David Edwards

Predicting the future of science and the Ph.D.

As a child, whenever somebody asked me about my future, what I planned on doing when I grew up, I already knew the answer: I was going to be a physician. I enjoyed medicine, I liked helping people, and doctors, as a whole, seemed confident and glamorous. Becoming a physician was a confluence of everything I loved and wanted in a career. The question wasn’t hard, and the answer never changed. Until, that was, I … Read More

Let The Evening Come

This is the beginning of my fourth year of graduate school, that membranous transition period between the eager expectation of third year and the panicked frenzy of fifth year. Many of my older classmates have told me that fourth year was unequivocally their most challenging, the one brimming with more knee-weakening moments of despair, self-doubt and raw frustration than any other. (I know—what an auspicious start to the year. It’s the post-bac equivalent of your … Read More

Only Three Minutes

Let’s pretend you’ve signed up for the Three Minute Thesis. What that means is you’ve got three minutes to explain your thesis—both the results and significance of your project—to a non-scientific audience. Why did you do it? First, it’s good public speaking practice. Second, it’s a great opportunity to express your creativity. While you know that science is wonderfully, elegantly creative, it’s hard to convey that creativity to people outside of science. The crux of … Read More

Why cancer is like the worst employee at your company

Apologies for not blogging in a considerably long time (Even my parents have since stopped bookmarking this page. Sorry, Mom and Dad.). As delayed recompense, I thought I would include an excerpt from a small introductory speech I delivered earlier this week. I was asked to speak about my research for five minutes to a general audience (Five minutes is nothing. Even the most socially uncomfortable scientist can bloviate about their research for hours on … Read More


First off, I want to apologize to the two people who actually remembered I had written here (hi Mom and Dad!) for not writing anything new in, well, almost a year. Things have been uniquely chaotic for me over the past year. I’m reminded of the apocryphal story about a sultan who asked once King Solomon if there was anything that would be universally true in any situation, regardless of whether it was good or … Read More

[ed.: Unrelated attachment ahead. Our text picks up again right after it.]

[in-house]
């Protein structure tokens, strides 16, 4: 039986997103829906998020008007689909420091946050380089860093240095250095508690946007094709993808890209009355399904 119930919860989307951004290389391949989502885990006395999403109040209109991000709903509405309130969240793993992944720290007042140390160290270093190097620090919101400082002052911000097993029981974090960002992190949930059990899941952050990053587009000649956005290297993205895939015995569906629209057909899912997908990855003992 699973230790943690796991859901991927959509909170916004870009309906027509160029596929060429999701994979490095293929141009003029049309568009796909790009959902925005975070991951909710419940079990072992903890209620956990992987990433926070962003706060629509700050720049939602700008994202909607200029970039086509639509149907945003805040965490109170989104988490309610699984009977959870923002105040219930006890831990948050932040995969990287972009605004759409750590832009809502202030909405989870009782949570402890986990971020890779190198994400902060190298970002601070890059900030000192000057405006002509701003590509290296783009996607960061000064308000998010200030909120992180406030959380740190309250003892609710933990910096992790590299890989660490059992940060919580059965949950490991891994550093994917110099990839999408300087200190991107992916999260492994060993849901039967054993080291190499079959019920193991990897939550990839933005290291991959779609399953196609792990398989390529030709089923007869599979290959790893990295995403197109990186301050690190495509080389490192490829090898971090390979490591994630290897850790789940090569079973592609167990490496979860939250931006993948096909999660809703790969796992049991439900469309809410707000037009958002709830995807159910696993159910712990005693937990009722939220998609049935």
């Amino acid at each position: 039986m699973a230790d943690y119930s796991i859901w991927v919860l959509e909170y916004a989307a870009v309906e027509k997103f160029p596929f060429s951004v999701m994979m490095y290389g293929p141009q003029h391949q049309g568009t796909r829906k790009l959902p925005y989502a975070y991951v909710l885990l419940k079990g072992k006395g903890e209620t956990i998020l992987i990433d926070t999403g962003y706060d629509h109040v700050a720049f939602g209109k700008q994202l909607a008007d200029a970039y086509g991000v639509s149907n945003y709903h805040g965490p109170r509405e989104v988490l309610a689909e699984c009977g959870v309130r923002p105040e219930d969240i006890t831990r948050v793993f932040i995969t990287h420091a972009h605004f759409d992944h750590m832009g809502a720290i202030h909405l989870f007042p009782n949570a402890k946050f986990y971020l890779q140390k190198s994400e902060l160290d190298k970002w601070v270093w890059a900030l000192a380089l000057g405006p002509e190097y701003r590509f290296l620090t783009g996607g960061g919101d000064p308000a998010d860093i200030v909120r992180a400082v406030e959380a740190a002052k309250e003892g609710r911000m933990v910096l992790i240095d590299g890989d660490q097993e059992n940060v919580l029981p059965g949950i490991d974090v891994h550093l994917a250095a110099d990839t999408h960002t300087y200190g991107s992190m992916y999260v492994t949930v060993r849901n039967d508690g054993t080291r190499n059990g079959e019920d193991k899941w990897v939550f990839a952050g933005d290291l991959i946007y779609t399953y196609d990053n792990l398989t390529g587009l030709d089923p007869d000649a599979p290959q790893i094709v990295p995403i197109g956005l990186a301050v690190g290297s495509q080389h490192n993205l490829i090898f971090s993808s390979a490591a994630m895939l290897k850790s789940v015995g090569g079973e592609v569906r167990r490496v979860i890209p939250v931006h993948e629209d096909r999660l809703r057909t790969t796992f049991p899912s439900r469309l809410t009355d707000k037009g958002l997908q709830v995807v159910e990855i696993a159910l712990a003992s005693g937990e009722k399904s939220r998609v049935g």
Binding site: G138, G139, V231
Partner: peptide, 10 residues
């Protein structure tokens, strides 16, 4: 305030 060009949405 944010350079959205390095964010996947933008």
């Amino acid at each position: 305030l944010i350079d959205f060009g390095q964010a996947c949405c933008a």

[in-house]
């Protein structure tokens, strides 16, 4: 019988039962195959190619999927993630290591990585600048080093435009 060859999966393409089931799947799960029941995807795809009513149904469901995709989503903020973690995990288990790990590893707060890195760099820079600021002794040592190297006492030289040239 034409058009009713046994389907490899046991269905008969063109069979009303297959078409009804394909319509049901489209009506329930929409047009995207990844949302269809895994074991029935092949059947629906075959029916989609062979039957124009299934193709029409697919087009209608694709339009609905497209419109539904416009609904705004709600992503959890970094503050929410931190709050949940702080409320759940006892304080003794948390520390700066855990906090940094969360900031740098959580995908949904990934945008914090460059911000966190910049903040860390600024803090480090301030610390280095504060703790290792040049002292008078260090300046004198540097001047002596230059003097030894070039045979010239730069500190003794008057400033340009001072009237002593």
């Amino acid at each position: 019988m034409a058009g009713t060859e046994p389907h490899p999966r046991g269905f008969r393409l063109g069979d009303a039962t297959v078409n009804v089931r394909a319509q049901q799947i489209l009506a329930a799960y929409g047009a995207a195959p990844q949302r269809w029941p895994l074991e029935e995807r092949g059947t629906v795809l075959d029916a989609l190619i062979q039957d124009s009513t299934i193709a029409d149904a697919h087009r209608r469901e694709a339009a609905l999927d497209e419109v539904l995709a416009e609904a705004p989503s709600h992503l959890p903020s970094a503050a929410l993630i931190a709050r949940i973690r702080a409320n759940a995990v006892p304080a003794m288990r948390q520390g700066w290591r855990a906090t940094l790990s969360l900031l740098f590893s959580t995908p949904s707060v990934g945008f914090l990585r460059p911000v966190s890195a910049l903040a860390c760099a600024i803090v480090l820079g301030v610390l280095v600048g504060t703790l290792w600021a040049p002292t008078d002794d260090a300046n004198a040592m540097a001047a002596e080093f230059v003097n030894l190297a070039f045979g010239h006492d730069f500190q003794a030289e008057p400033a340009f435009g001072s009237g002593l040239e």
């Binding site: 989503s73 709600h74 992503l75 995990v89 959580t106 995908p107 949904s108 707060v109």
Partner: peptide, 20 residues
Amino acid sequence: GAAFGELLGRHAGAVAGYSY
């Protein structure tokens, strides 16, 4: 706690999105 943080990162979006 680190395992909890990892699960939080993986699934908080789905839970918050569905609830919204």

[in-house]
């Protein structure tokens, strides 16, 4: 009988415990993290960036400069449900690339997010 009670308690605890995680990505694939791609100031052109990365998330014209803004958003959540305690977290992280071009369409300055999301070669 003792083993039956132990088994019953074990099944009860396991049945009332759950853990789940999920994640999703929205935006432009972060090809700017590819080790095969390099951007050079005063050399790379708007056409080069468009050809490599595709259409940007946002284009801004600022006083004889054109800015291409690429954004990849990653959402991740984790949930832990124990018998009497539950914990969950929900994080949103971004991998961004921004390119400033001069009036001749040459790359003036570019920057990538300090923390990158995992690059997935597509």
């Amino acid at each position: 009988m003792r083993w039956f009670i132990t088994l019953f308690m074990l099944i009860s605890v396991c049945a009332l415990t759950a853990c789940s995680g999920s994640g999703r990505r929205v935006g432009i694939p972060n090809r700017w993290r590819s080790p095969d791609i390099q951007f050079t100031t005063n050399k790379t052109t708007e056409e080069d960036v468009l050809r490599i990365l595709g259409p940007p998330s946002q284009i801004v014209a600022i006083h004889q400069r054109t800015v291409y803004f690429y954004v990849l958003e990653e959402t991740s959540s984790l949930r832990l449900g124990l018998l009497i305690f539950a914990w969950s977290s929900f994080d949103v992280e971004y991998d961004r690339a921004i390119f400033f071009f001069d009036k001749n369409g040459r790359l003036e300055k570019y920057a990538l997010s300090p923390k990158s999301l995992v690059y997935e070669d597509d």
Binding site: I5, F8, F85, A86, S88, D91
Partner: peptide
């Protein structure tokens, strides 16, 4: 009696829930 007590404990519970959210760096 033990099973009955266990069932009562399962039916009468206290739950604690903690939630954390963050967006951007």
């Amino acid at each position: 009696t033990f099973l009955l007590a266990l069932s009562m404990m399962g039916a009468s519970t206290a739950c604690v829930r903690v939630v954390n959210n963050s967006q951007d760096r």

The Communication of Science, Part One

[As you read by the title, this is Part One in another of my lucky-to-be-nominated-award-winning series of two-part Mega Posts. Sorry, guys. Hopefully, this duology will be less like a continuation of one story and more like two meditations on a single topic. In this post, I’ll talk about the importance of good science communication, and in the next one, I’ll provide some of my favorite examples. Hopefully it’ll be fun for the whole family.] … Read More

Academia vs. Industry: Double-post edition

During job interviews—at least in the tie-wearing, business-jargon-having corporate world—prospective employers generally ask something like: Where do you see yourself in five years? I base this observation on rumor, speculation, and reading Dilbert cartoons, well, because I’m a newly minted grad student. I have no experience with the corporate world. Besides, the career trajectory of a researcher, not unlike Calvinist doctrine, is subject to predestination: I know where I’ll be in five years. Most likely, … Read More

Why I chose PhD, Part Two

This is the long-awaited conclusion to Part One, the fascinating and hackneyed story of my decision to go to graduate school instead of medical school. I apologize for the monumental gap between posts. Graduate school is clearly more difficult and time-consuming than I expected, and studying is always more important than short-form navel-gazing. But I wanted to conclude my first post, if only to prevent this response from becoming my Chinese Democracy—eagerly awaited (*cough, cough*) … Read More

Why I chose PhD, Part One

I know that one of the most egregious writing clichés is opening with a quotation, but I’d like to start with a brief passage from Moby Dick. (I know it sounds pretentious and self-aggrandizing to start like this, but bear with me. And if quoting from the book brings back haunting memories of actually reading it, my apologies.) In the middle of the novel, Captain Ahab is lamenting that he cannot stop his obsession with … Read More



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